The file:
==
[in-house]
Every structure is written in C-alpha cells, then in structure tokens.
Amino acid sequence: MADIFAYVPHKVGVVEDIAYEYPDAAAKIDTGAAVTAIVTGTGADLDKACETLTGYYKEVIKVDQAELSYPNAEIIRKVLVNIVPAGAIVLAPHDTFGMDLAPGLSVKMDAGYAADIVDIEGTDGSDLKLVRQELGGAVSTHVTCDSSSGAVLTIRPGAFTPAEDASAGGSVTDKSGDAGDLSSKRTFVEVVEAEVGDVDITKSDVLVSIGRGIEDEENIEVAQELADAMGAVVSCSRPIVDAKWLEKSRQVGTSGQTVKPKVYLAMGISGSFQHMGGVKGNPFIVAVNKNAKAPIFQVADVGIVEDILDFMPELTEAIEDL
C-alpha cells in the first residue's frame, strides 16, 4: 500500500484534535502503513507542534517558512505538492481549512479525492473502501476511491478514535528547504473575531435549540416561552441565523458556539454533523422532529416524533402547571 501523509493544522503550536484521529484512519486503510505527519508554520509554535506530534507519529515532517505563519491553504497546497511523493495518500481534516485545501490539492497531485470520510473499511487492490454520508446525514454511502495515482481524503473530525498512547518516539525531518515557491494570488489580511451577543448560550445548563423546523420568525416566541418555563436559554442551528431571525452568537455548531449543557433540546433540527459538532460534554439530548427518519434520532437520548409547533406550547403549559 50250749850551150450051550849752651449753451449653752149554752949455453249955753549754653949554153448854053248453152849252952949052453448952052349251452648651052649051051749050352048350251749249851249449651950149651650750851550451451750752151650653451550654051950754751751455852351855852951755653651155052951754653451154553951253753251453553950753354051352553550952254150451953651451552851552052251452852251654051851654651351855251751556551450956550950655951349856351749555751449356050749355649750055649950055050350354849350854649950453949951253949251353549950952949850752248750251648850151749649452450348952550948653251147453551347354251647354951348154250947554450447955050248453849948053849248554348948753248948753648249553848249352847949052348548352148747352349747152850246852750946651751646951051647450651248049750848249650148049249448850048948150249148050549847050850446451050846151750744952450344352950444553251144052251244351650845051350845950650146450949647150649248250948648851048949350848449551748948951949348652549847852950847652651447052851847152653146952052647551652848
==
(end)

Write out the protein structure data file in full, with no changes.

[in-house]
Every structure is written in C-alpha cells, then in structure tokens.
Amino acid sequence: MADIFAYVPHKVGVVEDIAYEYPDAAAKIDTGAAVTAIVTGTGADLDKACETLTGYYKEVIKVDQAELSYPNAEIIRKVLVNIVPAGAIVLAPHDTFGMDLAPGLSVKMDAGYAADIVDIEGTDGSDLKLVRQELGGAVSTHVTCDSSSGAVLTIRPGAFTPAEDASAGGSVTDKSGDAGDLSSKRTFVEVVEAEVGDVDITKSDVLVSIGRGIEDEENIEVAQELADAMGAVVSCSRPIVDAKWLEKSRQVGTSGQTVKPKVYLAMGISGSFQHMGGVKGNPFIVAVNKNAKAPIFQVADVGIVEDILDFMPELTEAIEDL
C-alpha cells in the first residue's frame, strides 16, 4: 500500500484534535502503513507542534517558512505538492481549512479525492473502501476511491478514535528547504473575531435549540416561552441565523458556539454533523422532529416524533402547571 501523509493544522503550536484521529484512519486503510505527519508554520509554535506530534507519529515532517505563519491553504497546497511523493495518500481534516485545501490539492497531485470520510473499511487492490454520508446525514454511502495515482481524503473530525498512547518516539525531518515557491494570488489580511451577543448560550445548563423546523420568525416566541418555563436559554442551528431571525452568537455548531449543557433540546433540527459538532460534554439530548427518519434520532437520548409547533406550547403549559 50250749850551150450051550849752651449753451449653752149554752949455453249955753549754653949554153448854053248453152849252952949052453448952052349251452648651052649051051749050352048350251749249851249449651950149651650750851550451451750752151650653451550654051950754751751455852351855852951755653651155052951754653451154553951253753251453553950753354051352553550952254150451953651451552851552052251452852251654051851654651351855251751556551450956550950655951349856351749555751449356050749355649750055649950055050350354849350854649950453949951253949251353549950952949850752248750251648850151749649452450348952550948653251147453551347354251647354951348154250947554450447955050248453849948053849248554348948753248948753648249553848249352847949052348548352148747352349747152850246852750946651751646951051647450651248049750848249650148049249448850048948150249148050549847050850446451050846151750744952450344352950444553251144052251244351650845051350845950650146450949647150649248250948648851048949350848449551748948951949348652549847852950847652651447052851847152653146952052647551652848